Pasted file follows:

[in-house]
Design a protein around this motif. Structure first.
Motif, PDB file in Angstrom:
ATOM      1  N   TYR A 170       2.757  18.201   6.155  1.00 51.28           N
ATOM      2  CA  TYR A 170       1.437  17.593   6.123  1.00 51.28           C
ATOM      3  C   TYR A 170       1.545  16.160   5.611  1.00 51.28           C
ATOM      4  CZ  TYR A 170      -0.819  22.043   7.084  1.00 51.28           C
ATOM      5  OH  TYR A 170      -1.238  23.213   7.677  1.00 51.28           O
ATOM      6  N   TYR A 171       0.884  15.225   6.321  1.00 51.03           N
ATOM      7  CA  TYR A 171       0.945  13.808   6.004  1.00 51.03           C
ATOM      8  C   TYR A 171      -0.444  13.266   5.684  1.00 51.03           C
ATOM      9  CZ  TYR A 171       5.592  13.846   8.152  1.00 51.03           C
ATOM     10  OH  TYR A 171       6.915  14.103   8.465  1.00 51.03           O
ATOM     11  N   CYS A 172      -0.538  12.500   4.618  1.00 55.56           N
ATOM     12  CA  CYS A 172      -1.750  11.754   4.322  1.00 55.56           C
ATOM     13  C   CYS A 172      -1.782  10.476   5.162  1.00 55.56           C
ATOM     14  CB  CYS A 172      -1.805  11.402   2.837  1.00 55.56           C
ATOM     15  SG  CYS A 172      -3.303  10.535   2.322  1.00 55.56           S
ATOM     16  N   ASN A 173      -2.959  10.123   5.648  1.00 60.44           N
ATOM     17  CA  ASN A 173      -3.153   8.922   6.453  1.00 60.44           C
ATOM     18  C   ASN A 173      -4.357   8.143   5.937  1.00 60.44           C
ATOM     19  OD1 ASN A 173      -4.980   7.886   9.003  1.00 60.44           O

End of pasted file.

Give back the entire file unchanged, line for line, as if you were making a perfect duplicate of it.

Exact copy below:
[in-house]
Design a protein around this motif. Structure first.
Motif, PDB file in Angstrom:
ATOM      1  N   TYR A 170       2.757  18.201   6.155  1.00 51.28           N
ATOM      2  CA  TYR A 170       1.437  17.593   6.123  1.00 51.28           C
ATOM      3  C   TYR A 170       1.545  16.160   5.611  1.00 51.28           C
ATOM      4  CZ  TYR A 170      -0.819  22.043   7.084  1.00 51.28           C
ATOM      5  OH  TYR A 170      -1.238  23.213   7.677  1.00 51.28           O
ATOM      6  N   TYR A 171       0.884  15.225   6.321  1.00 51.03           N
ATOM      7  CA  TYR A 171       0.945  13.808   6.004  1.00 51.03           C
ATOM      8  C   TYR A 171      -0.444  13.266   5.684  1.00 51.03           C
ATOM      9  CZ  TYR A 171       5.592  13.846   8.152  1.00 51.03           C
ATOM     10  OH  TYR A 171       6.915  14.103   8.465  1.00 51.03           O
ATOM     11  N   CYS A 172      -0.538  12.500   4.618  1.00 55.56           N
ATOM     12  CA  CYS A 172      -1.750  11.754   4.322  1.00 55.56           C
ATOM     13  C   CYS A 172      -1.782  10.476   5.162  1.00 55.56           C
ATOM     14  CB  CYS A 172      -1.805  11.402   2.837  1.00 55.56           C
ATOM     15  SG  CYS A 172      -3.303  10.535   2.322  1.00 55.56           S
ATOM     16  N   ASN A 173      -2.959  10.123   5.648  1.00 60.44           N
ATOM     17  CA  ASN A 173      -3.153   8.922   6.453  1.00 60.44           C
ATOM     18  C   ASN A 173      -4.357   8.143   5.937  1.00 60.44           C
ATOM     19  OD1 ASN A 173      -4.980   7.886   9.003  1.00 60.44           O